Having written a fair bit of Perl (and AJAX) stuff in the past the whole thing felt unnatural – dozens of lines, much of it designed to handle the differences between the browser engines, that could have been handled simply on the server side.

One thing that I was convinced of was the potential power of XSLT: though I was not quite prepared for the revelation that it is Turing complete (ie it would be possible to write some XSL that would process any algorithm/task solvable through a finite number of mechanical steps). Though I shudder to think of how big a stylesheet would be required to handle all but the smallest of task.

But the potential power of XSLT is not the same of thinking of many practical uses for it!

Dealing with 0x80600001 errors


Maybe you have just seen a message like this:

Error: uncaught exception: [Exception… “Component returned failure code: 0x80600001 [nsIXSLTProcessor.importStylesheet]”  nsresult: “0x80600001 (<unknown>)”  location: “JS frame :: file:///home/adrian/webtech/cia.html :: fulltable :: line 47”  data: no]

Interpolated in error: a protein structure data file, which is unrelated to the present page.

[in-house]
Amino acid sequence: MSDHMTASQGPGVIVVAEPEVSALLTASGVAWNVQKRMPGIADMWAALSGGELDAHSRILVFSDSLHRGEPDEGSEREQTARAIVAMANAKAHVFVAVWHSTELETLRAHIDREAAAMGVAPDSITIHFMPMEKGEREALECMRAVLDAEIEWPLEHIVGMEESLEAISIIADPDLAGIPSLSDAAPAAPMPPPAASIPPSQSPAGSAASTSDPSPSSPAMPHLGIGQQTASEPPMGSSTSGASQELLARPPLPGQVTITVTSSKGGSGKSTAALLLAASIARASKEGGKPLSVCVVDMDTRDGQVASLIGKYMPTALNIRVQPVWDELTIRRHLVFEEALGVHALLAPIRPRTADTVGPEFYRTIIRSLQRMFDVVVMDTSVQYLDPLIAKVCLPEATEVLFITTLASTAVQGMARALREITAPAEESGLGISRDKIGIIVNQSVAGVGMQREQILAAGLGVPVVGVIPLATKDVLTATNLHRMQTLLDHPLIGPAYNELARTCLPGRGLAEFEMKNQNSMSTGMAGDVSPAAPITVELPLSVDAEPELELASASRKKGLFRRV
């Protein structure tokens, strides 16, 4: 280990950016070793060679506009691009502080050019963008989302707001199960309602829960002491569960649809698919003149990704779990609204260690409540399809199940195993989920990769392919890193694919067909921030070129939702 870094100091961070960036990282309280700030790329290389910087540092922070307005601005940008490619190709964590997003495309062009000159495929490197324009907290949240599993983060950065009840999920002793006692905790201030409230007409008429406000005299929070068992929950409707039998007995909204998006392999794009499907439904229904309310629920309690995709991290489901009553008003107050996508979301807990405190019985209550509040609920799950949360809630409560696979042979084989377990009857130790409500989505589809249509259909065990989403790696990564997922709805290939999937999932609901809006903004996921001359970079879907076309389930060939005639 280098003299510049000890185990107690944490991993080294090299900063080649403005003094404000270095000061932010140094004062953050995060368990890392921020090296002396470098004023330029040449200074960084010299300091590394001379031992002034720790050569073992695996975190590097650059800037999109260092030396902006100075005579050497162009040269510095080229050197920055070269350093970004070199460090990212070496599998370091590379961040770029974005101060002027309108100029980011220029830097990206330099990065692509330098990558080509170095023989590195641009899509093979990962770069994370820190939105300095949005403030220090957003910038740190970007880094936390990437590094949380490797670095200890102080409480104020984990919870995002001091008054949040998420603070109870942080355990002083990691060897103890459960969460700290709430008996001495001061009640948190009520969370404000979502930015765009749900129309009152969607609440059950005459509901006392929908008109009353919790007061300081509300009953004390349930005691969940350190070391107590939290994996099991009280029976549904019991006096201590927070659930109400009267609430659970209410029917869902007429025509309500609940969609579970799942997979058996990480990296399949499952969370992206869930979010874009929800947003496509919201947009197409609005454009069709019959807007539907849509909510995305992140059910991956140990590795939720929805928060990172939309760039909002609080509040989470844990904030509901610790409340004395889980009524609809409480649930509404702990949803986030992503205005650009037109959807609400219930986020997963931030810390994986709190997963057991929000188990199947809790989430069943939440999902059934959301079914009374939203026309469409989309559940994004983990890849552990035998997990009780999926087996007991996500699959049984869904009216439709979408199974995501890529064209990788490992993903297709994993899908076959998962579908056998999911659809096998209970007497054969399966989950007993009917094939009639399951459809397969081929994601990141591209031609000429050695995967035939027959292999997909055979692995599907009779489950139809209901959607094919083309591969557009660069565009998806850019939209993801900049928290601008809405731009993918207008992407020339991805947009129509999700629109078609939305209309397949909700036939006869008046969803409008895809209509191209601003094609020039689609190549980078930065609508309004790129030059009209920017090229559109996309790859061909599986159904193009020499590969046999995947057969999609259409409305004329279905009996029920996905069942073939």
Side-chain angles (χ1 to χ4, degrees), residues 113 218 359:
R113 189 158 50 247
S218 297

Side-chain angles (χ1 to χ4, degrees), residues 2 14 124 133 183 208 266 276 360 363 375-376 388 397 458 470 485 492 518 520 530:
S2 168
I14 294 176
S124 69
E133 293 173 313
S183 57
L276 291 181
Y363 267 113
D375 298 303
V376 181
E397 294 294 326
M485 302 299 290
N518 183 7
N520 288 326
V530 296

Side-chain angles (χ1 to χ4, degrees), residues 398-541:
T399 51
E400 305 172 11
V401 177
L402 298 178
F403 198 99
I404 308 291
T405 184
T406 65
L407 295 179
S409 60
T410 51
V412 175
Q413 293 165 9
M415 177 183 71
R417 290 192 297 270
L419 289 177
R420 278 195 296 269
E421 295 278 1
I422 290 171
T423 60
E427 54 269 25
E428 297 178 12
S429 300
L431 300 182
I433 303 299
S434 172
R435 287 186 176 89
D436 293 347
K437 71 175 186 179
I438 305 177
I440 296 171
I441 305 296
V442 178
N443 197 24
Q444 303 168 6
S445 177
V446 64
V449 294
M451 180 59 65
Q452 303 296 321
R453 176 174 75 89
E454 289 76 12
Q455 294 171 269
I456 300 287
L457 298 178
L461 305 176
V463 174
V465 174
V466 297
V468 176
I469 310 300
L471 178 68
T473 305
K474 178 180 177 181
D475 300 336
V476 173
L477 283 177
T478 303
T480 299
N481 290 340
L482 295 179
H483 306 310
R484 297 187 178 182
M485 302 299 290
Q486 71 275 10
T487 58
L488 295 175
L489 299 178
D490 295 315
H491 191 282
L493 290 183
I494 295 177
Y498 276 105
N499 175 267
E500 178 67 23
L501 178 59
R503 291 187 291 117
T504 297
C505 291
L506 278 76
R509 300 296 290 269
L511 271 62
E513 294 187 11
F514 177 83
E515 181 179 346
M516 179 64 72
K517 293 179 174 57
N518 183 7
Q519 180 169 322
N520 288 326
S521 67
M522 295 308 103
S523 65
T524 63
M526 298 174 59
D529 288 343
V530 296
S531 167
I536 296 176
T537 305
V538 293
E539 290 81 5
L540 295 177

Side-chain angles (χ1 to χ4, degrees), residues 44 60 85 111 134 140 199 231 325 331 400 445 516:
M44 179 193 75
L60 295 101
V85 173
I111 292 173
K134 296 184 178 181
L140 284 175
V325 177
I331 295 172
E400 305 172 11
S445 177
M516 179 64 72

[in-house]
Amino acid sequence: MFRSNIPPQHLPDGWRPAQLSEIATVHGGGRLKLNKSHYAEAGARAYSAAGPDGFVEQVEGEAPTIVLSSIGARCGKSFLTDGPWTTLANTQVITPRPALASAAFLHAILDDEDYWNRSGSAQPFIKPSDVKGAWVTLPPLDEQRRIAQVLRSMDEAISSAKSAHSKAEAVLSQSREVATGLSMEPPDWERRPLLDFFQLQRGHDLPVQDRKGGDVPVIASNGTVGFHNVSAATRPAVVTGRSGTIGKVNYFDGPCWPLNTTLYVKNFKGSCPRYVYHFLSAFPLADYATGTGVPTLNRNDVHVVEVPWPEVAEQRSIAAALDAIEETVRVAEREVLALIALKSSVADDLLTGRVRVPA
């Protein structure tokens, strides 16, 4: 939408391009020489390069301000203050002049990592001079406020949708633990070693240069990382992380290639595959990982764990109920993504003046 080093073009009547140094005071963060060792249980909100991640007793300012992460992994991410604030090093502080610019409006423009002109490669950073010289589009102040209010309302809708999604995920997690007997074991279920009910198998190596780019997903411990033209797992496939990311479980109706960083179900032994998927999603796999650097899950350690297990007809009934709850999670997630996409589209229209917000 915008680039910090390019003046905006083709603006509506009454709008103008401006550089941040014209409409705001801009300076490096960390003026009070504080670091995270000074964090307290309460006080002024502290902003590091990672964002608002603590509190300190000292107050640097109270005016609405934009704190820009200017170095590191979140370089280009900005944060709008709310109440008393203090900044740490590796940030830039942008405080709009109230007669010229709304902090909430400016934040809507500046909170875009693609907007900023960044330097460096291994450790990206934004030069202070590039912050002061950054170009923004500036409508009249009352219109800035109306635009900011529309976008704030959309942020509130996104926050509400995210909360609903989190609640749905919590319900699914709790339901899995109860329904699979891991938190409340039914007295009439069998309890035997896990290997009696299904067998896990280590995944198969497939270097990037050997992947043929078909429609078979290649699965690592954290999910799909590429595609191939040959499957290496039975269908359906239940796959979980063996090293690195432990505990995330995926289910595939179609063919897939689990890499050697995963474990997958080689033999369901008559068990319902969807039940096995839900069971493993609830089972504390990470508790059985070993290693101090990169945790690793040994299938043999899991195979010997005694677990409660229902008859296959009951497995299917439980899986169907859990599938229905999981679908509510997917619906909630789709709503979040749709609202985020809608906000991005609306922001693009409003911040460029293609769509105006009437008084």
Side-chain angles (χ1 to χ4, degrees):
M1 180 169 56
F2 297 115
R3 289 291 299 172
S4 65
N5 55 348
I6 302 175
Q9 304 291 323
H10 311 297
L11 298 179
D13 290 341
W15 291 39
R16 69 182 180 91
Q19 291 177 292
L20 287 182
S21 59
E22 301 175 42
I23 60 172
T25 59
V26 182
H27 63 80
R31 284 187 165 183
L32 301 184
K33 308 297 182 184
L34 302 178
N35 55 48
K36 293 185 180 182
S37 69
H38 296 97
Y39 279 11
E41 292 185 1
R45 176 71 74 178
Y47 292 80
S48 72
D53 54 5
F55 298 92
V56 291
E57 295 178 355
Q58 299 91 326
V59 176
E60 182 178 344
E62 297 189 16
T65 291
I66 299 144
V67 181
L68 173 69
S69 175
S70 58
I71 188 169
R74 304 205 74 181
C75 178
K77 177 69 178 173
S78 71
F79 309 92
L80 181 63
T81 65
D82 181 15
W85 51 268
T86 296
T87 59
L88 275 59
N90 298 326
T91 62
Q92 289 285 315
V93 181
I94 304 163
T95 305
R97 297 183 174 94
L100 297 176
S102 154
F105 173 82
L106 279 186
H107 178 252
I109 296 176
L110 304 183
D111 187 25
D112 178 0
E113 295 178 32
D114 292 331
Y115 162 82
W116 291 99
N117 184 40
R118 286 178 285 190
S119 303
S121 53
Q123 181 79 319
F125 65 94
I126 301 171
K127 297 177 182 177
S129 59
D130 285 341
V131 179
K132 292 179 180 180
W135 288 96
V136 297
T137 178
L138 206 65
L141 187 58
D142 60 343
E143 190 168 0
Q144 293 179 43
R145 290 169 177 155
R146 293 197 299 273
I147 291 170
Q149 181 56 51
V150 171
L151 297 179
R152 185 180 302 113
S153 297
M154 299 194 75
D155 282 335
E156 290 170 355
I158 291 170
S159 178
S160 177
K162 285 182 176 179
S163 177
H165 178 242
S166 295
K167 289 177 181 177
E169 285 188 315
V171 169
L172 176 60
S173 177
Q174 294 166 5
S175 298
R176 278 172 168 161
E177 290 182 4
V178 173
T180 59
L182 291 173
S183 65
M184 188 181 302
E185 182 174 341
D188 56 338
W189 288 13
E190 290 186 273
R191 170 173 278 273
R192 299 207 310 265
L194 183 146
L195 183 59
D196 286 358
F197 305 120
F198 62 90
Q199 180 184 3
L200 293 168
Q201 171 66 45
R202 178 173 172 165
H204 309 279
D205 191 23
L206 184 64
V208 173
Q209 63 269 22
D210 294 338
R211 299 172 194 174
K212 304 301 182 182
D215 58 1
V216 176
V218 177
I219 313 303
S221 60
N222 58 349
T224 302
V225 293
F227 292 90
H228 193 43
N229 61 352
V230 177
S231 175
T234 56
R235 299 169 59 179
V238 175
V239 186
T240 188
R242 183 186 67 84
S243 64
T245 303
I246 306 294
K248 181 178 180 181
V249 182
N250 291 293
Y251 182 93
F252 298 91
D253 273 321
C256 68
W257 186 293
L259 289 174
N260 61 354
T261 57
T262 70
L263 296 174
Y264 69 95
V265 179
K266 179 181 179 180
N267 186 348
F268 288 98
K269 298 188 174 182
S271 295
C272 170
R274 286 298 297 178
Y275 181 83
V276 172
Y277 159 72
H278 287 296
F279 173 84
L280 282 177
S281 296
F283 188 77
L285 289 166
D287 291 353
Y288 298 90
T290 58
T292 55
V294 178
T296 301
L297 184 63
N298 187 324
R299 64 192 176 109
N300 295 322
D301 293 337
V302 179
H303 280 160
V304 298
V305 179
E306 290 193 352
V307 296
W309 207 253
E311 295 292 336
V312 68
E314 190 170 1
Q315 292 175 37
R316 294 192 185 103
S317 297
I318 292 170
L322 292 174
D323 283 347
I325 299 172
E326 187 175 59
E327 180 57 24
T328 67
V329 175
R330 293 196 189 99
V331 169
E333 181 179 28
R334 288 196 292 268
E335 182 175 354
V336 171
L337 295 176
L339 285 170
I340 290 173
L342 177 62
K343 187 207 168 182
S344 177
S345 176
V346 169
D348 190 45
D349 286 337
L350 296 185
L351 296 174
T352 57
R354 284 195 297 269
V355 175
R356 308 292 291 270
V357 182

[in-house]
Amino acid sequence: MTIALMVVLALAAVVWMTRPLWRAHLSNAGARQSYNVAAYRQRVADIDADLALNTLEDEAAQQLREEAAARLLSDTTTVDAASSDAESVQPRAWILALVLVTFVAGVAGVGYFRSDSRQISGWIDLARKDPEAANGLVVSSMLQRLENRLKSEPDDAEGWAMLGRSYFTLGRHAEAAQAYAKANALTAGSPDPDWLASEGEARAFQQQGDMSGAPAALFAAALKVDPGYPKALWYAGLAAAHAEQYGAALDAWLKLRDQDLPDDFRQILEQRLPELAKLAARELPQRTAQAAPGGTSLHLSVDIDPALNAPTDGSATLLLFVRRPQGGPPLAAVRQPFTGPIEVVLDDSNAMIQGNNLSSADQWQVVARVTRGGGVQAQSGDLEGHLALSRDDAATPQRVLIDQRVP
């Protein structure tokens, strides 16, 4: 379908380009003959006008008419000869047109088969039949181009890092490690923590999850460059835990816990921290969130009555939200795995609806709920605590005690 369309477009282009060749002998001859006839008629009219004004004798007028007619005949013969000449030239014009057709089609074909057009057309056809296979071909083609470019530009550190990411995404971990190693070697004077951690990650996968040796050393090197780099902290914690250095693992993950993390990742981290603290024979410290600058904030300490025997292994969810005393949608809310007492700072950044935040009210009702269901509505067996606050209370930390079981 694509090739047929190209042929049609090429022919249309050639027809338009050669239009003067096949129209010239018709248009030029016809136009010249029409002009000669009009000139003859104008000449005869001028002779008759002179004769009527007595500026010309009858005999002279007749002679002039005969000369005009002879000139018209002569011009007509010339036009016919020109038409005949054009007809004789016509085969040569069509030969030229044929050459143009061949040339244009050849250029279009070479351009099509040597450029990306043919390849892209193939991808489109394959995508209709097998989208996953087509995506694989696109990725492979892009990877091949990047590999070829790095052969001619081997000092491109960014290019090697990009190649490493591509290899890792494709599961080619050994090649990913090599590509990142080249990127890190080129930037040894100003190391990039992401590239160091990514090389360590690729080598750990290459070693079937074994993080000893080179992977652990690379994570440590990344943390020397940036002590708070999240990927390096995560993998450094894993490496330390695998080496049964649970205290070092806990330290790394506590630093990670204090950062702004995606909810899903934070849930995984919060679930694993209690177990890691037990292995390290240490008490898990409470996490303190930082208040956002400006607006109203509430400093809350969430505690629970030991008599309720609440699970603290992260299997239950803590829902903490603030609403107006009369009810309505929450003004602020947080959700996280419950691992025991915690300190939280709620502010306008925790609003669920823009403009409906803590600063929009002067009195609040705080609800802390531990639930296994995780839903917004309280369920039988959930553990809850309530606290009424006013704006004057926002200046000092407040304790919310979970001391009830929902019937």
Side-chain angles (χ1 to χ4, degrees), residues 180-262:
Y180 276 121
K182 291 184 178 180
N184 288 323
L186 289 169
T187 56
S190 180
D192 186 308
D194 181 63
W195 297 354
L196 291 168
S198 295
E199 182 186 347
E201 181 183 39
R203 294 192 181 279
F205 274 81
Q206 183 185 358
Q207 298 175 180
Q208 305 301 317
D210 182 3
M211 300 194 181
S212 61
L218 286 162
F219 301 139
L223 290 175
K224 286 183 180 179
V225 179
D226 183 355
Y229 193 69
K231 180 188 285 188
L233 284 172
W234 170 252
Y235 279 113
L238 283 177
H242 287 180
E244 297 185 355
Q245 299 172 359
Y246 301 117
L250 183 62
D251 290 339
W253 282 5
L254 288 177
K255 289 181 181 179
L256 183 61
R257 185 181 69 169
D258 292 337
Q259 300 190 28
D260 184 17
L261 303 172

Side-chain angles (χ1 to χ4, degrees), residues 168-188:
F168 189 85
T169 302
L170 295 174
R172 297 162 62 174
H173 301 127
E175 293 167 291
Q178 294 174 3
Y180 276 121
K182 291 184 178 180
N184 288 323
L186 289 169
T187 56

If you have then chances are you are working on some XSL/XSLT (the above comes from a piece of coursework I am working on which manipulates an XML representation of data from the CIA World Fact Book).

The error indicates that your XSL is broken and non-compliant and the problem is that Firefox/Mozilla is much stricter about what is broken than it is likely your command line XSLT processor is: the piece of XSL which generated the above message seemed to fly through xsltproc on my Linux box.

The best way to fix this is to take out the lines, one by one, from your XSL and look for the one that breaks the transformation. To avoid being inadvertently tied up in some issue of plagiarism later on I cannot post the XSL I was working on when this came up, but I had a line like this:

<xsl:apply-templates match="//item"/>

That is bad XSL – the match should be a select but as xsltproc happily covered up for my mistake and generated the XHTML I was looking for I could not understand why Firefox was flagging the error on this line of Javascript xsltproc.importStylesheet(xmlxsl).

It also took me a while to find an online explanation, so I wrote this.